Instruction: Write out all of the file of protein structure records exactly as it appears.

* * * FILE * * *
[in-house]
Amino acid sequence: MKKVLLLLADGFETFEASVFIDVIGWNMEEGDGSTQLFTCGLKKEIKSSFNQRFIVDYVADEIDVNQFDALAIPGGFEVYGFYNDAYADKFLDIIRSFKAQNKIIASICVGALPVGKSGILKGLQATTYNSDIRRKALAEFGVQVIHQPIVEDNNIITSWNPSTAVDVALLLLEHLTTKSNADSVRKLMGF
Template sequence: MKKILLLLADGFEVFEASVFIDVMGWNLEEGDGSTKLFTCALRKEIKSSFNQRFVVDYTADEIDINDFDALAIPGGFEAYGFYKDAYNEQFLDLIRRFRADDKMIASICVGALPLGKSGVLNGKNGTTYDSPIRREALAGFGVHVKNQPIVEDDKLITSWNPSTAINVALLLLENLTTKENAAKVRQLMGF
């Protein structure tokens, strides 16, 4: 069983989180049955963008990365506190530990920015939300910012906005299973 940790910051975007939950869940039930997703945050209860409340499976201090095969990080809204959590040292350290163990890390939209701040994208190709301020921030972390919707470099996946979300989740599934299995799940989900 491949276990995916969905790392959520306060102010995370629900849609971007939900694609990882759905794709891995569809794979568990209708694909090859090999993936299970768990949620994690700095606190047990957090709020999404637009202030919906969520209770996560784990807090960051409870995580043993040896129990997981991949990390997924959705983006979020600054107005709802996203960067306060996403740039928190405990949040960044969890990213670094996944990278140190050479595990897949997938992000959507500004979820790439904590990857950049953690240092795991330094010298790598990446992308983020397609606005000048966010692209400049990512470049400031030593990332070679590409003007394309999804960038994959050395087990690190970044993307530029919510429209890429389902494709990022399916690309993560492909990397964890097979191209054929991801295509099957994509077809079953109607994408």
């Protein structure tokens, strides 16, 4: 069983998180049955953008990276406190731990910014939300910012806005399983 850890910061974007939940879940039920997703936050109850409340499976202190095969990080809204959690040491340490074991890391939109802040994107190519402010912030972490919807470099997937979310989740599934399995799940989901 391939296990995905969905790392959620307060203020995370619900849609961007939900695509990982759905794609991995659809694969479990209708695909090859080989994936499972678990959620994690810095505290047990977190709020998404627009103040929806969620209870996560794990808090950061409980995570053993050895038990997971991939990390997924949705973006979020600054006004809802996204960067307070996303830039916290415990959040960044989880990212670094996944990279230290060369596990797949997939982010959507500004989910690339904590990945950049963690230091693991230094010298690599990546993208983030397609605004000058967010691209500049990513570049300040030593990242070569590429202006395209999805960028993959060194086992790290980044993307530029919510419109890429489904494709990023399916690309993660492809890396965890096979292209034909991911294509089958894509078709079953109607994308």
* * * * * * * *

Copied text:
[in-house]
Amino acid sequence: MKKVLLLLADGFETFEASVFIDVIGWNMEEGDGSTQLFTCGLKKEIKSSFNQRFIVDYVADEIDVNQFDALAIPGGFEVYGFYNDAYADKFLDIIRSFKAQNKIIASICVGALPVGKSGILKGLQATTYNSDIRRKALAEFGVQVIHQPIVEDNNIITSWNPSTAVDVALLLLEHLTTKSNADSVRKLMGF
Template sequence: MKKILLLLADGFEVFEASVFIDVMGWNLEEGDGSTKLFTCALRKEIKSSFNQRFVVDYTADEIDINDFDALAIPGGFEAYGFYKDAYNEQFLDLIRRFRADDKMIASICVGALPLGKSGVLNGKNGTTYDSPIRREALAGFGVHVKNQPIVEDDKLITSWNPSTAINVALLLLENLTTKENAAKVRQLMGF
């Protein structure tokens, strides 16, 4: 069983989180049955963008990365506190530990920015939300910012906005299973 940790910051975007939950869940039930997703945050209860409340499976201090095969990080809204959590040292350290163990890390939209701040994208190709301020921030972390919707470099996946979300989740599934299995799940989900 491949276990995916969905790392959520306060102010995370629900849609971007939900694609990882759905794709891995569809794979568990209708694909090859090999993936299970768990949620994690700095606190047990957090709020999404637009202030919906969520209770996560784990807090960051409870995580043993040896129990997981991949990390997924959705983006979020600054107005709802996203960067306060996403740039928190405990949040960044969890990213670094996944990278140190050479595990897949997938992000959507500004979820790439904590990857950049953690240092795991330094010298790598990446992308983020397609606005000048966010692209400049990512470049400031030593990332070679590409003007394309999804960038994959050395087990690190970044993307530029919510429209890429389902494709990022399916690309993560492909990397964890097979191209054929991801295509099957994509077809079953109607994408």
């Protein structure tokens, strides 16, 4: 069983998180049955953008990276406190731990910014939300910012806005399983 850890910061974007939940879940039920997703936050109850409340499976202190095969990080809204959690040491340490074991890391939109802040994107190519402010912030972490919807470099997937979310989740599934399995799940989901 391939296990995905969905790392959620307060203020995370619900849609961007939900695509990982759905794609991995659809694969479990209708695909090859080989994936499972678990959620994690810095505290047990977190709020998404627009103040929806969620209870996560794990808090950061409980995570053993050895038990997971991939990390997924949705973006979020600054006004809802996204960067307070996303830039916290415990959040960044989880990212670094996944990279230290060369596990797949997939982010959507500004989910690339904590990945950049963690230091693991230094010298690599990546993208983030397609605004000058967010691209500049990513570049300040030593990242070569590429202006395209999805960028993959060194086992790290980044993307530029919510419109890429489904494709990023399916690309993660492809890396965890096979292209034909991911294509089958894509078709079953109607994308």